The information for the business case came from reports prepared for the Department for Transport (DfT) by HS2 Ltd, who in turn were advised by WS Atkins and Ernst & Young, amongst others. These reports were released in March 2010 and can be found on the HS2 Ltd section of the DfT website2.
The economic case for HS2 is appraised using WebTAG methodology, introduced by the Department of Transport to measure and compare transport projects, and data is subject to a great many subjective adjustments. In consequence the numbers are opaque and the analysis complex, making detailed review very difficult. HS2 has not been measured on normal commercial criteria. Nevertheless there are excellent detailed reviews of the financial case published by the HS2 Action Alliance3 and by Wendover HS2 Business Group4 (used by StopHS2), which should be read in conjunction with this overview.
HS2 Ltd has not quoted a clear headline cost for the project and consequently a wide range of costs are reported in the media. The following costs are quoted by HS2 Ltd, with all costs stated at 2009 values (hence all actual cash costs will be higher):
- Construction cost of £16.5bn for HS2, based on a detailed costing of £12.3bn plus a risk based contingency of 34%. Within this cost is £930m for land compensation, including stations. This construction cost is expected to increase to approximately £30bn when the route is extended to Manchester and Leeds.
- These costs exclude trains and rolling stock expected to cost £2.8bn for HS2. Total expected development cost of HS2 is £19.3bn with peak annual expenditure of £3.9bn in 2020 (Ernst & Young Financial Considerations Report5)
- The overall quoted cost for HS2 is £25.5bn, which is the cost used for benefit appraisal. This includes the costs of building and operating the line for 60 years, discounted to 2009 prices. Within this the construction costs include unclear adjustments for net present value discounting and tax totalling £5.6bn, reducing the initial construction costs from £19.3bn to £13.7bn. The quoted cost is made up of:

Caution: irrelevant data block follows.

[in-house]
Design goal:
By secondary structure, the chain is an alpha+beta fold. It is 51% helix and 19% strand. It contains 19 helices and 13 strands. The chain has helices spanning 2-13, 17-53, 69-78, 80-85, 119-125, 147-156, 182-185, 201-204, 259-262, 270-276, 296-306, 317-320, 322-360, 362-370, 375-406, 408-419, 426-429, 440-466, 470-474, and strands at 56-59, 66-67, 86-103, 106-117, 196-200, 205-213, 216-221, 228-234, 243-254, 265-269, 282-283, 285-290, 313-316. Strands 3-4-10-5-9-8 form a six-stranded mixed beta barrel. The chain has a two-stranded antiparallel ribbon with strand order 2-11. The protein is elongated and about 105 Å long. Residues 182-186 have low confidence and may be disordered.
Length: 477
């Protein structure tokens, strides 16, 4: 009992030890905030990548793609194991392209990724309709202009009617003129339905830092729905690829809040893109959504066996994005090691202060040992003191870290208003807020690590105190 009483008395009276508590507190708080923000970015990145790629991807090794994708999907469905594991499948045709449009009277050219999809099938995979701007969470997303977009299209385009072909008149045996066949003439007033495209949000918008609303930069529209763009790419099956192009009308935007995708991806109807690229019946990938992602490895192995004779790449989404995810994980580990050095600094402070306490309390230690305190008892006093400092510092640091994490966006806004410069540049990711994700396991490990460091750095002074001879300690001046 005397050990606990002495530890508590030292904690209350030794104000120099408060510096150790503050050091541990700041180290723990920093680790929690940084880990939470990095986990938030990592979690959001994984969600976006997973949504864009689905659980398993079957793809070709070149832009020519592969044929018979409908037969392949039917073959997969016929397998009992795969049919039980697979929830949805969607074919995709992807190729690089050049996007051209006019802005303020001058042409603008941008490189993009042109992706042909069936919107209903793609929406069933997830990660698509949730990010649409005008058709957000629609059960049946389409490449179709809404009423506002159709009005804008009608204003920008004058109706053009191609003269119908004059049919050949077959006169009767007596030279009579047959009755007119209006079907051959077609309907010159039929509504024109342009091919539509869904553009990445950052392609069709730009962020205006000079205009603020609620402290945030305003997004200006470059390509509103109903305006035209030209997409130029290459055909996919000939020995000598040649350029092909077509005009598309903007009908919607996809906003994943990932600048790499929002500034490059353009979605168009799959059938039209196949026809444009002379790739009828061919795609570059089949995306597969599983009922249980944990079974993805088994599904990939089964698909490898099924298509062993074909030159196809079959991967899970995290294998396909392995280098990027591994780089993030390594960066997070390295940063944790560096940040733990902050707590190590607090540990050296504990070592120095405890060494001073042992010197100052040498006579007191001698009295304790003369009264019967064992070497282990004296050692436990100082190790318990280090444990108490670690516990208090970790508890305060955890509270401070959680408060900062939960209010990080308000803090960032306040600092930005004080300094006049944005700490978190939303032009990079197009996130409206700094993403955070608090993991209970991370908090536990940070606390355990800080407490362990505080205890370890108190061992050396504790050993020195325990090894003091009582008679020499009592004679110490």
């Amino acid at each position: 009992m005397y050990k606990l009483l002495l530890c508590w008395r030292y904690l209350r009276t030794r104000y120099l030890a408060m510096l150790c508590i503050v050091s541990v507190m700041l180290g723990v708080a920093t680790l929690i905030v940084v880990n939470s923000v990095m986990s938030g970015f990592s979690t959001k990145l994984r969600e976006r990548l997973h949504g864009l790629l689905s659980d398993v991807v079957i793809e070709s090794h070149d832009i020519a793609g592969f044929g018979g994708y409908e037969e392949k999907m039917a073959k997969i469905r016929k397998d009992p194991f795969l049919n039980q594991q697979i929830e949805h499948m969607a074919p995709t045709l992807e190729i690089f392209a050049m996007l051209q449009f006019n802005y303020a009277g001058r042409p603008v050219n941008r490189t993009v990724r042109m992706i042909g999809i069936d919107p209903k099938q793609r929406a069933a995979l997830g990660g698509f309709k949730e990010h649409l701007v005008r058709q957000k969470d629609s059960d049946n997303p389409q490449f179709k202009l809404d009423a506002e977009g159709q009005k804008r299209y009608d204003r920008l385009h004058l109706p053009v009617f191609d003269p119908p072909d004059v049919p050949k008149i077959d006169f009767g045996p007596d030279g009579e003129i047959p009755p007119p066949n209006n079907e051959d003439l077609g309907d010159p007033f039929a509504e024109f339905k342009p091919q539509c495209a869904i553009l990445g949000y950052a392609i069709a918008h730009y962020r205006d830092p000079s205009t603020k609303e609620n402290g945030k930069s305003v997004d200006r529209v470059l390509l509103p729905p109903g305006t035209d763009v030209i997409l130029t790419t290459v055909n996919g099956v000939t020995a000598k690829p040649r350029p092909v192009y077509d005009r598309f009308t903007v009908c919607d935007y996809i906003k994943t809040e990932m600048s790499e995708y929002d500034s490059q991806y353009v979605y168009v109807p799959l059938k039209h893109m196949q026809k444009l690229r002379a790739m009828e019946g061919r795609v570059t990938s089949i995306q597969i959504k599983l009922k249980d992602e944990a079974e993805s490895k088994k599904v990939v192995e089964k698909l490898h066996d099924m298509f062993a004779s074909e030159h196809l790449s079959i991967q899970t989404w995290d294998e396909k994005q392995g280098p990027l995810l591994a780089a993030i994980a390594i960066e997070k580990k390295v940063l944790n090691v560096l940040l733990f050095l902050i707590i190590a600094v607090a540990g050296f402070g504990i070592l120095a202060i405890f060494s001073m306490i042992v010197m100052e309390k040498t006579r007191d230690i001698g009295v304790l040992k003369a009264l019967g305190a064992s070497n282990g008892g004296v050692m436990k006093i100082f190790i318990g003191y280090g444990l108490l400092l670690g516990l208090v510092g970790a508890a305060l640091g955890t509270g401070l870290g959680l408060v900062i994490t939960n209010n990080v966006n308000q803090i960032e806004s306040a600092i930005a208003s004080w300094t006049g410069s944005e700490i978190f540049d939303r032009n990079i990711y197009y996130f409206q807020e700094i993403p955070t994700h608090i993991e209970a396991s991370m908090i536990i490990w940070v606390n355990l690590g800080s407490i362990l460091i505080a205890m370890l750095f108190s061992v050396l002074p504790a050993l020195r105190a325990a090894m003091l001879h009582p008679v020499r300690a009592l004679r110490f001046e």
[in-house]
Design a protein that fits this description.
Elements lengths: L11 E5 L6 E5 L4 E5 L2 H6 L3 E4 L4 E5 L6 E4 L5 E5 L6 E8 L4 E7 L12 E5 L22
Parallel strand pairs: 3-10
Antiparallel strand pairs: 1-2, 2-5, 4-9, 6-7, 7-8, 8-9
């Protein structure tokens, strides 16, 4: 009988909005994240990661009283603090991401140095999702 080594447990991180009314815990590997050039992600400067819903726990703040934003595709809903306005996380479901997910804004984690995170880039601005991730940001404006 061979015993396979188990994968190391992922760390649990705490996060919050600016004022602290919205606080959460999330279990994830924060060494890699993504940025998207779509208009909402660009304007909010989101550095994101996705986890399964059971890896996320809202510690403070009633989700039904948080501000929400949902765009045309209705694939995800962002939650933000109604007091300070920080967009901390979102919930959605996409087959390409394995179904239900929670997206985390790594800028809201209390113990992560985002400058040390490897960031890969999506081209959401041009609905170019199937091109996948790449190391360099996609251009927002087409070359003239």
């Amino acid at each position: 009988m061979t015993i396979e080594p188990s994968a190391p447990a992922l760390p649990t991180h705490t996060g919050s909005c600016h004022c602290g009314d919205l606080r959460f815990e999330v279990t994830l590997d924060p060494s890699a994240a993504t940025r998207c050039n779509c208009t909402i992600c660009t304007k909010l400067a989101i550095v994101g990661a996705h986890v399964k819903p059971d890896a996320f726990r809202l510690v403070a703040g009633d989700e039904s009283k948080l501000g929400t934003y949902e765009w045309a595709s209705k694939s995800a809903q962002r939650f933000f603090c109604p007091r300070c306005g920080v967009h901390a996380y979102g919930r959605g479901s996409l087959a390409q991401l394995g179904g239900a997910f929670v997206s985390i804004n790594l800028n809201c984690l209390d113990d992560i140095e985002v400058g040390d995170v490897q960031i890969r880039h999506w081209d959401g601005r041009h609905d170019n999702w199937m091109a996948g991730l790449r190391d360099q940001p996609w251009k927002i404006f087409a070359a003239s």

Construction 13.7 Renewals 4.1 Operating and maintenance 7.6 Total 25.5
Having analysed these costs in more detail, Wendover HS2 Business Group consider a more likely cash cost for construction of HS2 is £35bn. This includes inflation adjustments to represent real cash and a more realistic assessment of costing optimism.
None of these costs take account of environmental damage or blight.
The overwhelming majority of the cost will be funded by the taxpayer, at least in the first instance. The Government have accepted that external funding opportunities are very limited.
- We are not eligible for the main EU Cohesion Fund which has contributed to other EU train projects. We may gain access to part of a £350m EU transport fund (TEN-T)
- There is little opportunity for business partnership (possibly on station builds)
- Potential for future sell-on exists (as for HS1) but is dependent on success of HS2
Consequently the taxpayer will carry the burden and full risk of HS2 and its funding competes directly with other national priorities. Relevant alternatives are:
- National Health Service, capital budget now reduced to £5bn a year. The massive flagship Queen Elizabeth hospital in Birmingham cost £545m to develop – 35 such hospitals could be built instead of HS2
- Education capital funding is having to reduce from £8bn to £3bn per annum despite the condition of some of our school buildings
- The national debt is £863bn and rising, and needs to be reduced.